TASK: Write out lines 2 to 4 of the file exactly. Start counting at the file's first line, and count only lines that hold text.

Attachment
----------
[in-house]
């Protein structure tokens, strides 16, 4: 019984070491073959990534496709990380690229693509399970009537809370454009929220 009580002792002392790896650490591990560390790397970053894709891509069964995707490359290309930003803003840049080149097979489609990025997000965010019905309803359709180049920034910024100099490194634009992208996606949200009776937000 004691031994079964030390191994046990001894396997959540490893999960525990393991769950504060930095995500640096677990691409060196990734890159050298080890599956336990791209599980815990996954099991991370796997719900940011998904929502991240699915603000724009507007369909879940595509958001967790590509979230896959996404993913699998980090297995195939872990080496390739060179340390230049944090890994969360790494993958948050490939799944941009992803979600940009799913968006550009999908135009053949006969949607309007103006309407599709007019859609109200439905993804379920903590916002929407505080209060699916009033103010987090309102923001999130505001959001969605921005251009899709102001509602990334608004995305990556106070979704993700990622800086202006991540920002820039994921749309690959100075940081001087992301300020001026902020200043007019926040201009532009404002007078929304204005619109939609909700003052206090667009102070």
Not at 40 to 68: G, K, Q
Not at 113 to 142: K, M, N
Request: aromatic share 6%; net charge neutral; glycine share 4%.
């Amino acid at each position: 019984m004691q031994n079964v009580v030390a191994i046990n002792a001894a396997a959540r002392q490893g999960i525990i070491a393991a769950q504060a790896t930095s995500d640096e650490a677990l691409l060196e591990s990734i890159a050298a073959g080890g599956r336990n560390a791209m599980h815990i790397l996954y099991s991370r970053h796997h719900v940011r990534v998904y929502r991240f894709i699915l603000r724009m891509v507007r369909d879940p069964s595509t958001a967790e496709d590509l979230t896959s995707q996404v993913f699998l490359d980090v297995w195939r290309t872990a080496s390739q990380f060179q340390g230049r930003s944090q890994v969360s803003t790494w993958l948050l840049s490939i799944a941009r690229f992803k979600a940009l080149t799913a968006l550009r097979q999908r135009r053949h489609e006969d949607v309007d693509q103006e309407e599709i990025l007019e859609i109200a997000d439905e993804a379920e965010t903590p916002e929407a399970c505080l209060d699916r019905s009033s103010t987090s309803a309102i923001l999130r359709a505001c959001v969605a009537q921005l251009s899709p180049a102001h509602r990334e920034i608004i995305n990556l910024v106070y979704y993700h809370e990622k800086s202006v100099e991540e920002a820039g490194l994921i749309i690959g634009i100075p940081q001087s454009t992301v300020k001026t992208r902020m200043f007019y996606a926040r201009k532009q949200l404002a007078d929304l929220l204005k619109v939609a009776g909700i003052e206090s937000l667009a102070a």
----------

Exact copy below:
């Protein structure tokens, strides 16, 4: 019984070491073959990534496709990380690229693509399970009537809370454009929220 009580002792002392790896650490591990560390790397970053894709891509069964995707490359290309930003803003840049080149097979489609990025997000965010019905309803359709180049920034910024100099490194634009992208996606949200009776937000 004691031994079964030390191994046990001894396997959540490893999960525990393991769950504060930095995500640096677990691409060196990734890159050298080890599956336990791209599980815990996954099991991370796997719900940011998904929502991240699915603000724009507007369909879940595509958001967790590509979230896959996404993913699998980090297995195939872990080496390739060179340390230049944090890994969360790494993958948050490939799944941009992803979600940009799913968006550009999908135009053949006969949607309007103006309407599709007019859609109200439905993804379920903590916002929407505080209060699916009033103010987090309102923001999130505001959001969605921005251009899709102001509602990334608004995305990556106070979704993700990622800086202006991540920002820039994921749309690959100075940081001087992301300020001026902020200043007019926040201009532009404002007078929304204005619109939609909700003052206090667009102070």
Not at 40 to 68: G, K, Q
Not at 113 to 142: K, M, N